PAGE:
Logically then, I asked, what does it mean to have meaning? Where do we find it, can we create it, and if so, how? How do we make sure that our meaning is somewhat morally ‘good’? What does being a ‘good’ person mean? Does it matter? How can we be sure that our definition of good is somewhat universally good? Is there a universal law of morality? If not, what then?

The founding fathers of the United States believed that all men are created equal, endowed by their Creator with certain unalienable rights, like life, liberty, and the pursuit of happiness. They were so convicted in this that they stared death in the face and waged a war against a much larger, wealthier, and better equipped empire. However, half of those same founding fathers owned slaves, so how did they miss that slaves were men too?

The central concept in this book is: How would you live, who would you be, and what perspectives would carry you to be capable, in the last moments before death, to smile your last breath away? The central answer to that is meaning. But, how does one live a meaningful life? What is a meaningful life? And can life have meaning?

The timing of our death is unknown. It may be abrupt or we may slowly fade away-- the latter giving us time to ponder how we lived our lives. I imagine it’s difficult to be content on our death bed with time to contemplate, and even more so to be content during the journey to that point. If we don’t have time to contemplate our life before we die, we’d have to live a life where our every day and all our moments are enough, so our last breath is always only a smile away. And we wouldn’t be afraid of death precisely because we were always capable of smiling our last breath away. This book is a journey to explore what that looks like — to understand what goes on in the mind of someone who feels that way.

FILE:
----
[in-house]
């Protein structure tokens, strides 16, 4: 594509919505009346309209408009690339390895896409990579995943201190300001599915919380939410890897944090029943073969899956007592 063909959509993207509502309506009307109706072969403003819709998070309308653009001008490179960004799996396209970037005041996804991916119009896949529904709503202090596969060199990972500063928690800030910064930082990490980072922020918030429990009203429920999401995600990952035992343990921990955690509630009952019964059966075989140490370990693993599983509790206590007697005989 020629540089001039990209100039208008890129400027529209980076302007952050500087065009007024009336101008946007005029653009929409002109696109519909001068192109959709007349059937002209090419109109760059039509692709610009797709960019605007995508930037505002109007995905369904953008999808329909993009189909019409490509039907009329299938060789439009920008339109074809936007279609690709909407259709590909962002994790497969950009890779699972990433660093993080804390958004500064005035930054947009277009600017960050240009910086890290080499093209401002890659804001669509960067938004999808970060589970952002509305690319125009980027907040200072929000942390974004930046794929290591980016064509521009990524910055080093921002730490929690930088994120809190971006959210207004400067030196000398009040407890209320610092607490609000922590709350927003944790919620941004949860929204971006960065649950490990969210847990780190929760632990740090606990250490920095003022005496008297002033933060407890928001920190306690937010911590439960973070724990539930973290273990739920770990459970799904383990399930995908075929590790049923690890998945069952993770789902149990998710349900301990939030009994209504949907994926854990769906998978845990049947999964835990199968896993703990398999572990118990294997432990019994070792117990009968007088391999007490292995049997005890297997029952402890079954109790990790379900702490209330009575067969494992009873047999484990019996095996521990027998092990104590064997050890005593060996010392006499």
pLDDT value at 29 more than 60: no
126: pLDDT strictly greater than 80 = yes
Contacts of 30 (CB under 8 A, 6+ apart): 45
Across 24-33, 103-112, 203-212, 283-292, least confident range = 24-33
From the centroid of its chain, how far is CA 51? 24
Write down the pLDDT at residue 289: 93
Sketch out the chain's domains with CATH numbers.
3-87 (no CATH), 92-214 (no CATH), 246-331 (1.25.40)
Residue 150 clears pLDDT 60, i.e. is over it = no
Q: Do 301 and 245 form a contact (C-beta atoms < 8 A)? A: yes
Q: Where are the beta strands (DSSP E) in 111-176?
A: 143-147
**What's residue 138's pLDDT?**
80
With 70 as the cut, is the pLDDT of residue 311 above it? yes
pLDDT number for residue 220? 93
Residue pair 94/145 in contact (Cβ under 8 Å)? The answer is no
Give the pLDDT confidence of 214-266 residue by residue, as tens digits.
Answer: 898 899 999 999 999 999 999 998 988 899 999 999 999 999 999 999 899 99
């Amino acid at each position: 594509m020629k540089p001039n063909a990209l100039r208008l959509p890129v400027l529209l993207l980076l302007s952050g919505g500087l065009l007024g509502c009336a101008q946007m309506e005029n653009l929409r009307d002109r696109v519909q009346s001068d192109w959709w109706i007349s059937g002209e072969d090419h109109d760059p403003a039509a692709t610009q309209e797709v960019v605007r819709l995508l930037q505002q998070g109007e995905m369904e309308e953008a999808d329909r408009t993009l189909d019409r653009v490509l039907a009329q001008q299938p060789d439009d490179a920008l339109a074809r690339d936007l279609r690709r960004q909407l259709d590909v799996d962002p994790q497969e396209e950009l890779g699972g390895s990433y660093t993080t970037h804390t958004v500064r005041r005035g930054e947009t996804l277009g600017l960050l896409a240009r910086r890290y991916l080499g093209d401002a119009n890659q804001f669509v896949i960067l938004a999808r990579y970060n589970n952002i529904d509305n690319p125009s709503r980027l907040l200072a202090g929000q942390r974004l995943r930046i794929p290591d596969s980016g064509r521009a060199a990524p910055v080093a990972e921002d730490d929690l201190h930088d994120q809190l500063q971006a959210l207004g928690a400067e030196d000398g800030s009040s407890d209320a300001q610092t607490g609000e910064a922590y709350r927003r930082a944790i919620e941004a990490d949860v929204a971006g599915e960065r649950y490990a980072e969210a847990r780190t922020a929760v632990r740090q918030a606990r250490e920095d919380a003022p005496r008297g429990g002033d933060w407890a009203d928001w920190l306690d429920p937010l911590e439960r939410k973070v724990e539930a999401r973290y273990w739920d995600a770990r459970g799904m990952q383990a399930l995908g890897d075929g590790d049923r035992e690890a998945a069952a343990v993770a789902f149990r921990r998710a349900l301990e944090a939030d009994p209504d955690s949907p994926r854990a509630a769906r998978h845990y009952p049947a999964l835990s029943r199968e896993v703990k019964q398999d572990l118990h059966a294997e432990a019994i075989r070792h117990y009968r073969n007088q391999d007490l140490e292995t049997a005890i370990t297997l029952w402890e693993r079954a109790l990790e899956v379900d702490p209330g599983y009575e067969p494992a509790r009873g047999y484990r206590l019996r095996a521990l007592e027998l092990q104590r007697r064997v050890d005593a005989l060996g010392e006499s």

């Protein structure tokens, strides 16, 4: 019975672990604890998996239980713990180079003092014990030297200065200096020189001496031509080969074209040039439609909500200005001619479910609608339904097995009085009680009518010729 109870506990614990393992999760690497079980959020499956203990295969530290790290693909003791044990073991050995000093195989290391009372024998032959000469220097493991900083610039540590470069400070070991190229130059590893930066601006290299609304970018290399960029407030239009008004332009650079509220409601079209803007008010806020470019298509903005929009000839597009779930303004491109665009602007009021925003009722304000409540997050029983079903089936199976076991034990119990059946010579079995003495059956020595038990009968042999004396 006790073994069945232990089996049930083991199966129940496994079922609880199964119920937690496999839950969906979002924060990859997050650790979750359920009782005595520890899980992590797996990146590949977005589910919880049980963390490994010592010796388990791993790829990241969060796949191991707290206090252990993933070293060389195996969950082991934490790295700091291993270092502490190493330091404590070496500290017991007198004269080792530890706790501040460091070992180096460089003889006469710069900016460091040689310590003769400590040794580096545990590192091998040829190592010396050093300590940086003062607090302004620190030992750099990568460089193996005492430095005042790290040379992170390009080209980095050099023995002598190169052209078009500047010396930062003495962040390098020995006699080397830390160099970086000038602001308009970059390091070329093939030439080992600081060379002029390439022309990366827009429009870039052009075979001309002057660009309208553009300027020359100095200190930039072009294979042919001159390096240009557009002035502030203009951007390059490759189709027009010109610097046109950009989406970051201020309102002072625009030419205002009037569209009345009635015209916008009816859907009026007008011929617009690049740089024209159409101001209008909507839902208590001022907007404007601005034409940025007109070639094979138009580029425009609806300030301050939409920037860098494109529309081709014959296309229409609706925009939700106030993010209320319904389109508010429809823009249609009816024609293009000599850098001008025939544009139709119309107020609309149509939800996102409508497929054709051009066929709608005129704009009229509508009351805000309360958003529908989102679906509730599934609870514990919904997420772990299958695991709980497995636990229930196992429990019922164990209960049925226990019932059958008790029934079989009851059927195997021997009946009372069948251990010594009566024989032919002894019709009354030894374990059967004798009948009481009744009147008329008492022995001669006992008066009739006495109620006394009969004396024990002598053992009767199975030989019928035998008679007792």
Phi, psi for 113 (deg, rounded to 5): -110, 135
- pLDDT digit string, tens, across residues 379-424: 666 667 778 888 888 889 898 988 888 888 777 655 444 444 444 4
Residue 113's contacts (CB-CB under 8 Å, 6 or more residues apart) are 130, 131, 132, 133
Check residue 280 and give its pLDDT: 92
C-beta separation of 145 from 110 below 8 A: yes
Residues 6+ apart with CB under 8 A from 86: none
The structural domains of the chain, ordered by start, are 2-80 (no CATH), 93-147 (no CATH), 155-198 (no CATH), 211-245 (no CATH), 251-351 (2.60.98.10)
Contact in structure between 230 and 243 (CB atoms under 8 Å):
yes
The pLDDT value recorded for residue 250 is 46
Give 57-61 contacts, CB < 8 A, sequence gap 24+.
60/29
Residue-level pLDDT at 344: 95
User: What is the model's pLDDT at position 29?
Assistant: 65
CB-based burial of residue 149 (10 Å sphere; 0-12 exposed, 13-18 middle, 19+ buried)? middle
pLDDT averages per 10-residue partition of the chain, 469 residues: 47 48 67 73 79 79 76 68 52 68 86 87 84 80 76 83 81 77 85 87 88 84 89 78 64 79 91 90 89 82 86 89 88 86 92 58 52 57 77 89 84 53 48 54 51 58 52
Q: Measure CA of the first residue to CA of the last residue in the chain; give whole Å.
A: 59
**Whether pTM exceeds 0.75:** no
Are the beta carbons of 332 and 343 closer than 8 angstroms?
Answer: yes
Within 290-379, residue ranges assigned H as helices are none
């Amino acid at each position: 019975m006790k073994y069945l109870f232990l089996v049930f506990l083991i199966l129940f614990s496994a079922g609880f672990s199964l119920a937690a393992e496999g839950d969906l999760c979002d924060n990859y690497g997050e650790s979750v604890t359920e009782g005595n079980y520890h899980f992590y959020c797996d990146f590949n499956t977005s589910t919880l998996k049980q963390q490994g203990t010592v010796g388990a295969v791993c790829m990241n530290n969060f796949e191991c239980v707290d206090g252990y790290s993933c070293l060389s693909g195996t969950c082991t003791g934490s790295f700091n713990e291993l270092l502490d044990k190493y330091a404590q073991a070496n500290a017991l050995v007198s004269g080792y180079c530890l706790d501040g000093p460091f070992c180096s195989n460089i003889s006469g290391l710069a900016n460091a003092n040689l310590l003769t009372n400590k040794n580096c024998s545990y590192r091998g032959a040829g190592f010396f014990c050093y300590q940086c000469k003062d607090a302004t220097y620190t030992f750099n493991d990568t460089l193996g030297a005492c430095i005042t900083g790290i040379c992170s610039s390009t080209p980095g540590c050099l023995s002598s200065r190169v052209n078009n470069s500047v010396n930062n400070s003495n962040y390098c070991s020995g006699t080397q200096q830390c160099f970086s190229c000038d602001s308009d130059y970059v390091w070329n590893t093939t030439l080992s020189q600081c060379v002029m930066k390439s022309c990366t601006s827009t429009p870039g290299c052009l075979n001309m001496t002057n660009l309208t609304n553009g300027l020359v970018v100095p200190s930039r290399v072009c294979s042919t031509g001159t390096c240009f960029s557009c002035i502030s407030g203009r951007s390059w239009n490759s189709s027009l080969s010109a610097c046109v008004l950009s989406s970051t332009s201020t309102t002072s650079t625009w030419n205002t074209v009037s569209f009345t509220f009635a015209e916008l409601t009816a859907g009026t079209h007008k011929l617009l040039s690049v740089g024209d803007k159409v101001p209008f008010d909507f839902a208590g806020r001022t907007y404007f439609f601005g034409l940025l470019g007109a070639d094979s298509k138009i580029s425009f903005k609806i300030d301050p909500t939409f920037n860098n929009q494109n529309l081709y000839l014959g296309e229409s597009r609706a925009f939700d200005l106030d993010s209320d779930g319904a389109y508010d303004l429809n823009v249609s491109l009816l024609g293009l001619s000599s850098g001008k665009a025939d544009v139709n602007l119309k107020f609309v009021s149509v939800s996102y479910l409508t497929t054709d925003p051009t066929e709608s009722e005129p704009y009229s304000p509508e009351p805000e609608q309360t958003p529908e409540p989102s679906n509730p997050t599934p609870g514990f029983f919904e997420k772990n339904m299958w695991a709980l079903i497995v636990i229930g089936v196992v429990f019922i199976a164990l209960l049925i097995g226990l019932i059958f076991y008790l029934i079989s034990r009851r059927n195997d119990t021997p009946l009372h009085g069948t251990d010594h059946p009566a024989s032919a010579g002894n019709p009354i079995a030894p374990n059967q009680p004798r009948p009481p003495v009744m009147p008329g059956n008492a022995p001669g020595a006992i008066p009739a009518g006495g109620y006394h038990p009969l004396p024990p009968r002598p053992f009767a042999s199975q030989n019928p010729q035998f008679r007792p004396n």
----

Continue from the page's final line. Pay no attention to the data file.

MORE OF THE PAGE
Throughout this book, you’ll be given lenses to see and observe light shone from new places. This book is not intended to give you the answers to what a meaningful life is for you – those lie within you and you must choose for yourself. With impending death, you will be your own judge of your answers to the questions you ask yourself. My hope is that this book inspires you and arms you with perspectives to go into the world to find and create meaning for yourself -- to help you discover your questions and your answers.

In the end, I hope you have fun – the journey is all we ever have anyways.

Perspective chasing was founded on coping with and reasoning through all these questions. It was the only way to find out what I didn’t know I didn’t know. It was what helped me find the questions I want to ask myself at the end looking back, and the answers to those questions. Imagining myself on my death bed is one perspective I found along the way, it is a thought experiment to try to make tangible that I will not exist someday and I try to imagine what would I care about most in those moments right before it’s all over – it’s a way to see more clearly through the clutter and noise of life.

We are all on this journey together to death and I hope this community can leverage each other on that journey to make change in our lives and in the world.

The slogan of Perspective Chasers is ‘til our last breath – we are all on a journey to take our last breath and we are all Perspective Chasers until that point.

The biggest question then is, what will we do and who will we be until our last breath? Will you smile it away?

Til' Our Last Breath,

James Kiesewetter


Click here for more information on James’ book Smile Your Last Breath Away
Sign up to Perspective Chasers news to receive updates on future blog posts.
Keep up with James Kiesewetter by signing up for his email list.
Submit a blog entry to submissions@perspectivechasers.com to be featured on the Last Breath Blog.
  1. From introduction by Gregory Hayes of Meditations by Marcus Aurelius

Back to blog

Leave a comment